In 2014, Haiti was ranked the fifteenth (15) most corrupt country in the world by Transparency International's Corruption Perception Index, with a CPI score of 19 as opposed to the United States score of 74.[5] Based on expert opinion from around the world, the Corruption Perceptions Index measures the perceived levels of public sector corruption worldwide, and it paints an alarming picture. Not one single country gets a perfect score and more than two-thirds score below 50, on a scale from 0 (highly corrupt) to 100 (very clean).

Studies conducted by Transparency International shows a strong correlation between corruption and poverty. Corruption increases poverty through lower economic growth rates, biased tax systems which would also lead to a widening disparity between the rich and the poor, poor implementation of social programs, lower welfare spending and unequal access to education.[6] Specifically for Haiti, although the small Caribbean country boasts a regionally high economic growth rate, social programs and increasingly low cost access to education, studies have shown that international donors have been slow to assist Haiti, mainly due to perceived widespread corruption and structural problems present in the country.

The United Nations estimates a total of US$13.34 billion[7] has been earmarked for the 2010 Haiti earthquake that inflicted $7.8 billion in damages,[8] yet two years after the 2010 quake, less than half of that amount had actually been released, according to U.N. documents. This is due in a large part to the perceived corruption of the Haitian government, and yet less than 5% of Humanitarian aid was channeled through it. According to the UN Office of the Special Envoy for Haiti, as of March 2012, of Humanitarian funding committed or disbursed by bilateral and multilateral donors in 2010 and 2011, only 1% has been pledged to the Haitian Government[9]

Infant mortality

Haiti's infant mortality rate of 53 deaths per 1,000 live births (in 2011)[10] is a result of the poor healthcare system. The country made notable progress in health indicators, with infant mortality decreasing 44% since 1990, faster than the global average, according to the 2014 United Nations Development Program report.[4]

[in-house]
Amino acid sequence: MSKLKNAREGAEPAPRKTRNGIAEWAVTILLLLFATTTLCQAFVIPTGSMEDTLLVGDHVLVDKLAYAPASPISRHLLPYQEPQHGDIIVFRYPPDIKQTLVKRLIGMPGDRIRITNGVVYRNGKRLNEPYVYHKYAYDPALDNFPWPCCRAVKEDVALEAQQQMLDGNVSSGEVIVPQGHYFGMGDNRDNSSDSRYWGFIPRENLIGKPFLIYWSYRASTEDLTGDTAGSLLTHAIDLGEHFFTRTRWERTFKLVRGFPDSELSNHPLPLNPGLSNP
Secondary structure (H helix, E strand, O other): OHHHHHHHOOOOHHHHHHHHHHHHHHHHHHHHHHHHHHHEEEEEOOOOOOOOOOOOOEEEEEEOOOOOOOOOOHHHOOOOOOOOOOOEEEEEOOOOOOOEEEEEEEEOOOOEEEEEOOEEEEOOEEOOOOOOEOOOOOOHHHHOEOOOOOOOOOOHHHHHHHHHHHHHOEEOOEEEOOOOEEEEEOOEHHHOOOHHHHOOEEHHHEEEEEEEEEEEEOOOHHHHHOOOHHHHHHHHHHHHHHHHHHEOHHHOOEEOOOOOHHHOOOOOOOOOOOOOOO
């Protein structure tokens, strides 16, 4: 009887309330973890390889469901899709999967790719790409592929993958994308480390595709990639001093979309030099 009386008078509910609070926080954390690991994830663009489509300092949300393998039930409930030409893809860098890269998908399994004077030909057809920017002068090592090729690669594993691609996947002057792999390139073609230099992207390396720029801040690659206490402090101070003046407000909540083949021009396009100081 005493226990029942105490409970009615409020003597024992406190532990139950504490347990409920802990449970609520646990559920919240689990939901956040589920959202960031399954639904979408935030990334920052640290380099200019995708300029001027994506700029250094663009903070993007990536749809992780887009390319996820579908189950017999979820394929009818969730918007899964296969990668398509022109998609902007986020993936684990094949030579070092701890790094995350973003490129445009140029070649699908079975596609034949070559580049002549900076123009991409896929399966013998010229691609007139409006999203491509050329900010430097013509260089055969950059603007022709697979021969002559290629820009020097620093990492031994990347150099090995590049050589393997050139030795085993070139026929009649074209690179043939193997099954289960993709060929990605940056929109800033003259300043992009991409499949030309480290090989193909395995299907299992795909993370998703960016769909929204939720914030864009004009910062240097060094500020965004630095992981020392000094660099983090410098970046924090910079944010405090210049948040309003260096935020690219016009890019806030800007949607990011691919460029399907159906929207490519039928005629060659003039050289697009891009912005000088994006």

Under age 1 (per 1,000 live births)
Under age 5 (per 1,000 live births)


Haiti ranks 59.5[11] in the Gini Coefficient index, with the richest 10% of Haitians receiving 47.83% of the nation's income, while the poorest 10% receive less than 0.9%.[12]

See also


  1. Sen, Paul Farmer ; foreword by Amartya (2004). Pathologies of power : health, human rights, and the new war on the poor: with a new preface by the author (2° édition. ed.). Berkeley: University of California Press. ISBN 978-0-520-24326-2.
  2. 1 2 Malik, Boulos A. "Land Use and Farming Technology". A Country Study: Haiti (Richard A. Haggerty, editor). Library of Congress Federal Research Division (December 1989). This article incorporates text from this source, which is in the public domain.
  3. "Central America and Caribbean :: Haiti". The World Factbook. CIA. Retrieved 2015-05-30.
  4. 1 2 "Haiti boosts health and education in the past decade, says new UNDP report". UNDP. 25 June 2014. Retrieved 30 May 2015.
  5. "2014 Corruption Perception Index--Results". Transparency International. 2014. Retrieved 2014-12-03.
  6. Gupta, Sanjeev; Daoodi, Hamid; Alonso-Terme, Rosa (1998). "Does Corruption Affect Income Inequality and Poverty?". IMF Working Papers: 4–5.
  7. "What does Haiti have to show for the US$13 billion in earthquake aid?-NBC News.com". January 2015.
  8. "Haiti". Retrieved 11 April 2015.
  9. "UN Office of the Special Envoy for Haiti Key Facts as of March 2012" (PDF).
  10. "At a glance: Haiti". UNICEF. Retrieved 2013-11-29.
  11. World Resources Institute, EarthTrends Environmental Information (2000-2007) Archived 2011-11-05 at the Wayback Machine.
  12. Tradingeconomics – Income distribution in Haiti